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Citizens Against Monopoly

31/08/2017 2:18 AM IST | Updated 31/08/2017 10:16 AM IST
Beck Diefenbach / Reuters
Beck Diefenbach / Reuters

It’s been more than 70 years since we’ve seen a broad-based citizens movement against the power of monopoly. It’s long past time for one, and the following story is why.

In late June, the European competition authority handed down a decision against Google for monopolizing the search market and suppressing rivals. It was a classic case of anti-competitive behavior, and the EU made the right decision. What’s interesting, however, is not the decision, but what happened next across the ocean in Washington, D.C. 

My group, the Open Markets Program at New America, researches and studies monopoly power. Barry Lynn began this research 15 years ago, and has been building the necessary intellectual and historical grammar to understand the deep dysfunction in our corporate and political sectors. In response to the EU decision, Lynn sent a statement lauding the action. In response, Google had our group kicked out of our parent think tank, New America. Ken Vogel at the New York Times did the story on the specifics of how this happened. The combination, of the misbehavior in the search market and the attempt to suppress research into how Google operates, shows that the actual issue at hand is one of political power.

This moment matters. It matters because it shows that monopoly power, and Google itself, is a threat to the free flow of ideas upon which our democracy depends. It matters because it proves that if we do not stand up to monopolists, they will keep our public institutions quiet about their growing power. And it matters most of all because it shows that we can reclaim our democracy if we try. 

At Open Markets, we obviously do not like the attempt at undermining our work, but on another level, we see this as a backhanded compliment by Google on how effective our work has actually been. After all, if we are worth silencing, then our words and research carries power.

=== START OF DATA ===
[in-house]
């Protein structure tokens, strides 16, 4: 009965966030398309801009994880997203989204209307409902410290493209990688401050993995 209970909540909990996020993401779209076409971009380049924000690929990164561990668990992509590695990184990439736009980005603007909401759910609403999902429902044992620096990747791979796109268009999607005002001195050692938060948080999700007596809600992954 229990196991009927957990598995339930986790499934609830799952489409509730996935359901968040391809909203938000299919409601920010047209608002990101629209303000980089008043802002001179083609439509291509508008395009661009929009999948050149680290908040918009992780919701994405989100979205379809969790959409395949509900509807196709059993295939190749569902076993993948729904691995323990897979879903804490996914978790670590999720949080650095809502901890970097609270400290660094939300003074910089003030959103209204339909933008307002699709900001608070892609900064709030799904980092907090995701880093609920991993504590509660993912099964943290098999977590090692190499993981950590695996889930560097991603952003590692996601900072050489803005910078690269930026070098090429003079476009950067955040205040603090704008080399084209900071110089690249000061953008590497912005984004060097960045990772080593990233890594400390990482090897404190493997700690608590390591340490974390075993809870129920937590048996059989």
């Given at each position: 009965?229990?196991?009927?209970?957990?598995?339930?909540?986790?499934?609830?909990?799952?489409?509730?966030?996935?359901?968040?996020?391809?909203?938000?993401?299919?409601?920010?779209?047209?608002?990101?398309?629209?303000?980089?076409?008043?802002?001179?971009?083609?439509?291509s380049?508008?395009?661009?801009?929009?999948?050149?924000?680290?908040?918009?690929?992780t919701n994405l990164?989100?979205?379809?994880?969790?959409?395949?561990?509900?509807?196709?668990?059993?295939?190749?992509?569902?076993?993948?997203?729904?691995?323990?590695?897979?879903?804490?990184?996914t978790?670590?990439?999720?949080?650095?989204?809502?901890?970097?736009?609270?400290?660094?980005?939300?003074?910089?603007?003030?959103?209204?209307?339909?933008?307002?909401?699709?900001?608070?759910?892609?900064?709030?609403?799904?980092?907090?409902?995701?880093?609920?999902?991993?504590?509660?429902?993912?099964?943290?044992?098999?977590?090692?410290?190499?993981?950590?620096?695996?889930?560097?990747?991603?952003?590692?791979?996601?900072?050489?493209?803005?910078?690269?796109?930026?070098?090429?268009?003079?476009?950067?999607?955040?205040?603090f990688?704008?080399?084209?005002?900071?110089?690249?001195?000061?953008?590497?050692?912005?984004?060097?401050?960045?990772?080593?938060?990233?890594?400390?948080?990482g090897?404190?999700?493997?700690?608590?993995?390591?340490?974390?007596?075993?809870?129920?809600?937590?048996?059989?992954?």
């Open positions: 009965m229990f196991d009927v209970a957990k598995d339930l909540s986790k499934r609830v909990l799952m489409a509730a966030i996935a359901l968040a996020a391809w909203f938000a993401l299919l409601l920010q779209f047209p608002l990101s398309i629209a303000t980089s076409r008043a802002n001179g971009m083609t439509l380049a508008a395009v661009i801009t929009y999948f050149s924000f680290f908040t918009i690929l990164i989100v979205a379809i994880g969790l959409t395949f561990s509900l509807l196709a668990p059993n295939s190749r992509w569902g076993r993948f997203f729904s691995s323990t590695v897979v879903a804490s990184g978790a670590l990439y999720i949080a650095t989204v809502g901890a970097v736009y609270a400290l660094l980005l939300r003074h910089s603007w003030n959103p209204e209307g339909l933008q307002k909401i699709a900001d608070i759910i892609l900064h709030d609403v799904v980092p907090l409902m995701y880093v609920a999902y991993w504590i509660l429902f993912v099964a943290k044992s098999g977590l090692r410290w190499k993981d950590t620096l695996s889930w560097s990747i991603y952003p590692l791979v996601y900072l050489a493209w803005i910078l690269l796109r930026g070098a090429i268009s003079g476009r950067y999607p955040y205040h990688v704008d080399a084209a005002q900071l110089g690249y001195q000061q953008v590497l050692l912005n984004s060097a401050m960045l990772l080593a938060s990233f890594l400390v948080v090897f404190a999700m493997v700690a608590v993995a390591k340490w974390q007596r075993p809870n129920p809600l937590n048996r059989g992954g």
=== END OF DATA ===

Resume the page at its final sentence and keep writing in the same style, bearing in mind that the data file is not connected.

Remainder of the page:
Monopoly is a political problem. It is time to stand up for our rights. It is time to say, enough. And as we’ve seen, when we do tell the truth, the monopolists cannot abide.

Google’s tactics will not work. Our organization, Open Markets, is going independent. And we are launching a campaign called Citizens Against Monopoly, where we will ask Google’s CEO to stop this manipulation of our public commons. Join us. 

Both what Google did, and what we are doing, are part of a very old story. One might even say it’s the oldest story in America. The British East Indies company attempted to monopolize the tea trade, which helped spark the American Revolution. During debates over early governance in America, James Madison organized our government around the concept of the separation of powers. Early American thinkers did not confined to the purely governmental realm; Thomas Jefferson in 1785 noted that “legislators cannot invent too many devices for subdividing property.” 

This was a political point about how to organize a democracy. As big business grew up in the late 19th century, antitrust rules were designed to bring this concept into the burgeoning industrial economy. Louis Brandeis, who formalized the 19th century anti-monopoly sentiment into a rigorous doctrine of political economy, called this “industrial liberty,” a parallel to political liberty.

For decades now, we have been in thrall to a different tradition, one that airbrushes the politics out of our commercial sector. But that time is over. What Google did is not abnormal; they fund many nonprofits in D.C. Before Google dominated D.C., it was Too Big to Fail banks, among others, who exerted political power. It is not hard to see the downside of that kind of political power.

It is time for citizens in America and all over the world to stand up to the bullies in our society. It is time to look to the real governors and regulators in America and around the world, the monopolists, and demand our democracy stand against them. It is time for America to come home.

Join us.

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